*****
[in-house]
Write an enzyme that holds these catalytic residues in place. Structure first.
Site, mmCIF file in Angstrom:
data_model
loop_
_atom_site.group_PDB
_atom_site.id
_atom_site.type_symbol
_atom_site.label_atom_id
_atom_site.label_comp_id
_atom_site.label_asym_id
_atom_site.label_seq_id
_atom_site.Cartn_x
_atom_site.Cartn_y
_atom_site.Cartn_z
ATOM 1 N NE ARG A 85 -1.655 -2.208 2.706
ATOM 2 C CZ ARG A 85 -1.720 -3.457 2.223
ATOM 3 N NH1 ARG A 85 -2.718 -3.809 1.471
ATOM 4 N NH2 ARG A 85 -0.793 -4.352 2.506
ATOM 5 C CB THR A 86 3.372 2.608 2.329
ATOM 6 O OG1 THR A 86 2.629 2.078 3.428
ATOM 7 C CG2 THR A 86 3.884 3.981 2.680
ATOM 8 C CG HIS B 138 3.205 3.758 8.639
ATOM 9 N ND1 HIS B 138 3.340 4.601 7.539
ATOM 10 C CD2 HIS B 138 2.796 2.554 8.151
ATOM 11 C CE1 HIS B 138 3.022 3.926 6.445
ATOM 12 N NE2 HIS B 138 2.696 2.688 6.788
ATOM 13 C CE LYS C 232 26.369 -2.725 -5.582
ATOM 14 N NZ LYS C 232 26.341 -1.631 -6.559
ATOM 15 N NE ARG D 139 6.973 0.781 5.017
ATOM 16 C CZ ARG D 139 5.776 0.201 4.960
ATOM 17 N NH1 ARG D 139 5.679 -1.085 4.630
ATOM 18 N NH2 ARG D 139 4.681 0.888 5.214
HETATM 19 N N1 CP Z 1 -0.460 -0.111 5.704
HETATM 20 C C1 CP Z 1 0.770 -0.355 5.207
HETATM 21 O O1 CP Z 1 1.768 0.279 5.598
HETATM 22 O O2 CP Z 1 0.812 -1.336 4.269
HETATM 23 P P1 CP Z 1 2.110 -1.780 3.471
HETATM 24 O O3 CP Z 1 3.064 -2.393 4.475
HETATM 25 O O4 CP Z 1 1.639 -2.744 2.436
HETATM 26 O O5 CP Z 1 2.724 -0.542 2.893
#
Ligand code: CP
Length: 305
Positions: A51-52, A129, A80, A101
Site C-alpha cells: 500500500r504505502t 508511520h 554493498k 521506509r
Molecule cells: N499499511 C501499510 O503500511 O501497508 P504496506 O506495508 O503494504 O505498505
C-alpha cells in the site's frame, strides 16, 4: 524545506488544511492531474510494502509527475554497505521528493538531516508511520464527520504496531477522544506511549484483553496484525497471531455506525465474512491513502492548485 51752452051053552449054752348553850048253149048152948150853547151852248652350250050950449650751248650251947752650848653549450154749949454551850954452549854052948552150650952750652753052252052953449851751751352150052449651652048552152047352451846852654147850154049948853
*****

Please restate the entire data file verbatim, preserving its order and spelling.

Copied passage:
[in-house]
Write an enzyme that holds these catalytic residues in place. Structure first.
Site, mmCIF file in Angstrom:
data_model
loop_
_atom_site.group_PDB
_atom_site.id
_atom_site.type_symbol
_atom_site.label_atom_id
_atom_site.label_comp_id
_atom_site.label_asym_id
_atom_site.label_seq_id
_atom_site.Cartn_x
_atom_site.Cartn_y
_atom_site.Cartn_z
ATOM 1 N NE ARG A 85 -1.655 -2.208 2.706
ATOM 2 C CZ ARG A 85 -1.720 -3.457 2.223
ATOM 3 N NH1 ARG A 85 -2.718 -3.809 1.471
ATOM 4 N NH2 ARG A 85 -0.793 -4.352 2.506
ATOM 5 C CB THR A 86 3.372 2.608 2.329
ATOM 6 O OG1 THR A 86 2.629 2.078 3.428
ATOM 7 C CG2 THR A 86 3.884 3.981 2.680
ATOM 8 C CG HIS B 138 3.205 3.758 8.639
ATOM 9 N ND1 HIS B 138 3.340 4.601 7.539
ATOM 10 C CD2 HIS B 138 2.796 2.554 8.151
ATOM 11 C CE1 HIS B 138 3.022 3.926 6.445
ATOM 12 N NE2 HIS B 138 2.696 2.688 6.788
ATOM 13 C CE LYS C 232 26.369 -2.725 -5.582
ATOM 14 N NZ LYS C 232 26.341 -1.631 -6.559
ATOM 15 N NE ARG D 139 6.973 0.781 5.017
ATOM 16 C CZ ARG D 139 5.776 0.201 4.960
ATOM 17 N NH1 ARG D 139 5.679 -1.085 4.630
ATOM 18 N NH2 ARG D 139 4.681 0.888 5.214
HETATM 19 N N1 CP Z 1 -0.460 -0.111 5.704
HETATM 20 C C1 CP Z 1 0.770 -0.355 5.207
HETATM 21 O O1 CP Z 1 1.768 0.279 5.598
HETATM 22 O O2 CP Z 1 0.812 -1.336 4.269
HETATM 23 P P1 CP Z 1 2.110 -1.780 3.471
HETATM 24 O O3 CP Z 1 3.064 -2.393 4.475
HETATM 25 O O4 CP Z 1 1.639 -2.744 2.436
HETATM 26 O O5 CP Z 1 2.724 -0.542 2.893
#
Ligand code: CP
Length: 305
Positions: A51-52, A129, A80, A101
Site C-alpha cells: 500500500r504505502t 508511520h 554493498k 521506509r
Molecule cells: N499499511 C501499510 O503500511 O501497508 P504496506 O506495508 O503494504 O505498505
C-alpha cells in the site's frame, strides 16, 4: 524545506488544511492531474510494502509527475554497505521528493538531516508511520464527520504496531477522544506511549484483553496484525497471531455506525465474512491513502492548485 51752452051053552449054752348553850048253149048152948150853547151852248652350250050950449650751248650251947752650848653549450154749949454551850954452549854052948552150650952750652753052252052953449851751751352150052449651652048552152047352451846852654147850154049948853